Indo-German Economic Cooperation at a glance


Indo-German development cooperation is a solid pillar of the Indo-German strategic partnership. Both countries are equally committed to achieving the Millenium Development Goals (MDGs); further, they want to tackle global challenges in the fields of climate and environment.

Indo-German development cooperation is well integrated in the foreign policy framework of relations between India and Germany. Both countries are equally committed to achieving the Millennium Development Goals (MDGs); further, they want to tackle global challenges in the fields of climate and environment. India is viewed by Germany as one of the Global Development Partners that have a key role to play in solving global development issues.


The year 2008 marked 50 years of Indo-German development cooperation. Begun in the 1950s, development cooperation with India grew so rapidly that in a short time it became the largest recipient of German development assistance.

The construction of the Rourkela Steel Plant in Orissa was a hallmark of this intensive cooperation in the early 1960s. Later, both countries set up one of India's premiere educational institutions - the Indian Institute of Technology in Madras. In the 1990’s, development cooperation dealt with the issues of poverty reduction and social infrastructure.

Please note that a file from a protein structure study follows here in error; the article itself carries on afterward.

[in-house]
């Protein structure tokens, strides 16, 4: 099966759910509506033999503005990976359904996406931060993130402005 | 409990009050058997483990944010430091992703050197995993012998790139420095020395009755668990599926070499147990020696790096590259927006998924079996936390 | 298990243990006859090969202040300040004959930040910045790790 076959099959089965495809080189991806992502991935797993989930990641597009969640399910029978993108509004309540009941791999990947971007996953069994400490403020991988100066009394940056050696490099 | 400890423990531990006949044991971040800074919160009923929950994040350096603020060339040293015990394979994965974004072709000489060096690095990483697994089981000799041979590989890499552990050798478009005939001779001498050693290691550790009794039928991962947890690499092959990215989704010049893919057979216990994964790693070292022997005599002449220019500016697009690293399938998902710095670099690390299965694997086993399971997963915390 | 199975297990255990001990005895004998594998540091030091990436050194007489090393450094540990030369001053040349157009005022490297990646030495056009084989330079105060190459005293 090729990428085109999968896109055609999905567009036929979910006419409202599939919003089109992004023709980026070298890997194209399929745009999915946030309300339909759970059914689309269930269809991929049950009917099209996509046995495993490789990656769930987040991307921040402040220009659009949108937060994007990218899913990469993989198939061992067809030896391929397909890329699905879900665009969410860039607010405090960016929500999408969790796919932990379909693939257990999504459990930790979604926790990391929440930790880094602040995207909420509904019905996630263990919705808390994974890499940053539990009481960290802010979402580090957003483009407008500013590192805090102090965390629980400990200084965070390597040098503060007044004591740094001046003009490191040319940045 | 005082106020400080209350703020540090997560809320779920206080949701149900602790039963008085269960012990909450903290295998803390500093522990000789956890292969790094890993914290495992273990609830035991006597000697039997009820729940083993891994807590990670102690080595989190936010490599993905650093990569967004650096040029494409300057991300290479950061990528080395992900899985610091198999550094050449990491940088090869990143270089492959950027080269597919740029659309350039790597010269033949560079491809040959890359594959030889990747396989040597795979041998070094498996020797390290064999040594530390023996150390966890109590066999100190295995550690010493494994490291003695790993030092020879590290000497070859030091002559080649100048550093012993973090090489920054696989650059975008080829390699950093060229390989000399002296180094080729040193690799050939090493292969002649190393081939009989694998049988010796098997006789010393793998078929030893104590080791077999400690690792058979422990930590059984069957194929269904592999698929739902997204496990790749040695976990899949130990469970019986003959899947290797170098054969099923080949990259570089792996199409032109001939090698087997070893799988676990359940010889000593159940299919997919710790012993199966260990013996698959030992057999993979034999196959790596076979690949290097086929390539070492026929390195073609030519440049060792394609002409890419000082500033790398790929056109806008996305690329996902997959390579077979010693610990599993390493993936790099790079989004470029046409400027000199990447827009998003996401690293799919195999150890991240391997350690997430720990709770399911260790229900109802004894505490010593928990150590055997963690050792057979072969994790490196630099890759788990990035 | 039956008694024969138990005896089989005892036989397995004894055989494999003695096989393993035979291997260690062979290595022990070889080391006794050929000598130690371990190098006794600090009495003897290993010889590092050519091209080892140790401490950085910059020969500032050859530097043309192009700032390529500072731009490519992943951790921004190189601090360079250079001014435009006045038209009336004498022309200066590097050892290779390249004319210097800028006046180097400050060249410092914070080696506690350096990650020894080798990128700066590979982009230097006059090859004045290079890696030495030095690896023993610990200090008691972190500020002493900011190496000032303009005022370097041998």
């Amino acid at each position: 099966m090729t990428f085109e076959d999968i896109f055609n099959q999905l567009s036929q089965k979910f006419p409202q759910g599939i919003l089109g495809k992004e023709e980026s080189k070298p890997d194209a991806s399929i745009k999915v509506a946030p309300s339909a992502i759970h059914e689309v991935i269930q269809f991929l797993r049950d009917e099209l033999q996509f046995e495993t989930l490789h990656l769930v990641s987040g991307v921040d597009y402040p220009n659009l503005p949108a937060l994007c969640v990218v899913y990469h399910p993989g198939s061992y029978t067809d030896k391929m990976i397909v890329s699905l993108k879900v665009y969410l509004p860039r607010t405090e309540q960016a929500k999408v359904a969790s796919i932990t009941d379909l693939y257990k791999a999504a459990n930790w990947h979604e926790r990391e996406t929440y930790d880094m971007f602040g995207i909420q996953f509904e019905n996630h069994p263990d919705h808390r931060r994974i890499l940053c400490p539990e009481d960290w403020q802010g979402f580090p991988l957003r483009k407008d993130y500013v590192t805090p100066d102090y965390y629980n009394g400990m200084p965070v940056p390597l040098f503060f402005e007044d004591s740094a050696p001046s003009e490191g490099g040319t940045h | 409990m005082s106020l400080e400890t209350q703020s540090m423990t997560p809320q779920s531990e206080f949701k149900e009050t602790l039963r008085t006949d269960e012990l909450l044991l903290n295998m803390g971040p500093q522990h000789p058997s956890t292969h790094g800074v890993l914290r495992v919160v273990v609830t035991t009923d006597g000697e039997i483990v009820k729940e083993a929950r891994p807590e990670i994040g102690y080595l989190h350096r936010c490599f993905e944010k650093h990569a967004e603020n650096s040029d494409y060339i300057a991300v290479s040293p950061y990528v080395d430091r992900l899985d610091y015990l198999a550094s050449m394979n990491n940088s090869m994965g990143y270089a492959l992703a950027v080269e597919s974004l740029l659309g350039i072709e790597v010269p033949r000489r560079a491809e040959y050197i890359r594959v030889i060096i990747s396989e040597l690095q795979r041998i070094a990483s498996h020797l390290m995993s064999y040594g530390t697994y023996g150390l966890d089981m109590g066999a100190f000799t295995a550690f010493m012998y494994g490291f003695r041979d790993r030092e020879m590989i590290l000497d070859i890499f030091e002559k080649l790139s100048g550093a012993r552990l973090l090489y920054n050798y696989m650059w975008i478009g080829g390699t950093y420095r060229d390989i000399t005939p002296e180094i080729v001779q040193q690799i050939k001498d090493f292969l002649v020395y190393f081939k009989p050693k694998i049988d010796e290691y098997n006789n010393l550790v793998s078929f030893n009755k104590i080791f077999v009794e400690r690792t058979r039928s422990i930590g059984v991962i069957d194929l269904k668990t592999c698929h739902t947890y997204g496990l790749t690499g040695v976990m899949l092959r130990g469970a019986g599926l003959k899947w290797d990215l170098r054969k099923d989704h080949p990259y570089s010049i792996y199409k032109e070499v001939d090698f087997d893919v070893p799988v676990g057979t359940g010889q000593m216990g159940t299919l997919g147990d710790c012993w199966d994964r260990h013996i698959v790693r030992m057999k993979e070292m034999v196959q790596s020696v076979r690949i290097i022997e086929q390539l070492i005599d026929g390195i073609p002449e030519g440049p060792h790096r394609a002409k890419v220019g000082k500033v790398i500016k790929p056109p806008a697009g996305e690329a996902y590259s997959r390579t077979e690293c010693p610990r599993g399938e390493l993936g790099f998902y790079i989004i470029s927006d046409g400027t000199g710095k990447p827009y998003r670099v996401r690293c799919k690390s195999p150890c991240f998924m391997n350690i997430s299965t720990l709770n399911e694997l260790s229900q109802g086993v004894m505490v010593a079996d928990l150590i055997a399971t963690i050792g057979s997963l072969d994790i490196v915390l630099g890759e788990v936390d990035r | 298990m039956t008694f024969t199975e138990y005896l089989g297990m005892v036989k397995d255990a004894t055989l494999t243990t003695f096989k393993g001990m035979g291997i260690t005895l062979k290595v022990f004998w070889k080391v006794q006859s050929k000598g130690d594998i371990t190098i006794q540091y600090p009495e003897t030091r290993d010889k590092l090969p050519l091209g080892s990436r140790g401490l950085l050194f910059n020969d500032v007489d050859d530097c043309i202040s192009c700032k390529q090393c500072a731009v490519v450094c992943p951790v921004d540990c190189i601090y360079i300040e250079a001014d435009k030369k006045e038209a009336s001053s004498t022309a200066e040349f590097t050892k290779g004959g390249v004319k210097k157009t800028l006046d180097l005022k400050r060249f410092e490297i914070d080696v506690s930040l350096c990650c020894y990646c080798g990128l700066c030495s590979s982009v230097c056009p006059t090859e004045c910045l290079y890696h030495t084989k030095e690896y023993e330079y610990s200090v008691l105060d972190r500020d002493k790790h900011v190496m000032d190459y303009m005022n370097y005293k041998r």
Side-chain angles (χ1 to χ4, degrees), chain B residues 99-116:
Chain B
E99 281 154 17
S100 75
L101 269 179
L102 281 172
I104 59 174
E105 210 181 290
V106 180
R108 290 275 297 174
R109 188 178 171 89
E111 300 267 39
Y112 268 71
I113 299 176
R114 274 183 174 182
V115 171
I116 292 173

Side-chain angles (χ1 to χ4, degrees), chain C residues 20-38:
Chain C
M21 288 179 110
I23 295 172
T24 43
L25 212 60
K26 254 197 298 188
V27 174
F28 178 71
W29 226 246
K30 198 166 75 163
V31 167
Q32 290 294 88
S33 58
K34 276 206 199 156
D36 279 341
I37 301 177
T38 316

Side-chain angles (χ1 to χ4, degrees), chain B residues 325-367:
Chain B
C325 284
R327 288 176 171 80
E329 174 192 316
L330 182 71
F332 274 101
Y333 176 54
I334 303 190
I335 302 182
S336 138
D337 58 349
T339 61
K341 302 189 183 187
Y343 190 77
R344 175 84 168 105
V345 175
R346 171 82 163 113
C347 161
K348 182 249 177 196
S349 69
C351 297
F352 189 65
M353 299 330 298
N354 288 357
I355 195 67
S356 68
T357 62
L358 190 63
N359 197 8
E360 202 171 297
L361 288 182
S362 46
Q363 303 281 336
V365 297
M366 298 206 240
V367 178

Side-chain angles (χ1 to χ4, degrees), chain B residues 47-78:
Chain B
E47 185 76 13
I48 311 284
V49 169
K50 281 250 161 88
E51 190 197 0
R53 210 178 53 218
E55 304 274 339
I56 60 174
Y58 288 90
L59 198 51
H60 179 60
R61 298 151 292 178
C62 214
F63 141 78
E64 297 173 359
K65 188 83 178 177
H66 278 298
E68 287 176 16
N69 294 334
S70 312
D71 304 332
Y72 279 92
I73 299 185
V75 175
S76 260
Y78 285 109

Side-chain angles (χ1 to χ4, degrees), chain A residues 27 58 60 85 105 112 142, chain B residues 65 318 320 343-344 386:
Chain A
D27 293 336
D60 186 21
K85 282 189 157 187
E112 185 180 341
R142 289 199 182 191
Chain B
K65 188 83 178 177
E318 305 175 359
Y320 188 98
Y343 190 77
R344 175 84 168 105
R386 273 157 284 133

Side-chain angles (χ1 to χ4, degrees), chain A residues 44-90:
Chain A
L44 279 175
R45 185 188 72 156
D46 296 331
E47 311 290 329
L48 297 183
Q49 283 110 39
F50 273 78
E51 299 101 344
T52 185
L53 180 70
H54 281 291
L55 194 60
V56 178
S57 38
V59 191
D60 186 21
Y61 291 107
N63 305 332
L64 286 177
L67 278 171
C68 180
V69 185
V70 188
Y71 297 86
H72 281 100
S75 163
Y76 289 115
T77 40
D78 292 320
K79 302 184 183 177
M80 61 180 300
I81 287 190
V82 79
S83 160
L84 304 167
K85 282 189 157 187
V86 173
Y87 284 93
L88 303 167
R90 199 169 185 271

Programme focus

Today, the Indo-German development cooperation programme focuses on the following mutually agreed priority areas:

  • Energy (Energie)
  • Environment and Management of Natural Resources (Umwelt und Management natürlicher Ressourcen)
  • Sustainable Urban Development (Nachhaltige Stadtentwicklung)

The proposals for implementation of development cooperation projects are forwarded to the German Government, through the German Embassy, by the Department of Economic Affairs (DEA) of the Indian Ministry of Finance. The DEA is the central coordinating authority of the Indian Government responsible for development cooperation.

The cooperation projects are carried out on behalf of the German Federal Ministry for Economic Cooperation and Development as well as the German Federal Ministry for the Environment, Nature Conservation and Nuclear Safety - each with the concurrence of the German Foreign Office - by Germany's International Cooperation Agency GIZ and the German Development Bank KfW. GIZ is charged with implementation of technical cooperation and KfW with implementation of financial cooperation projects respectively.

Development cooperation of the German Federal States

Global responsibility is perceived locally: This is a key understanding that marks the Federal States' efforts to maintain partnerships, to undertake development policy-related information and educational work, and to support citizens' commitment to our “One-World”. Read more

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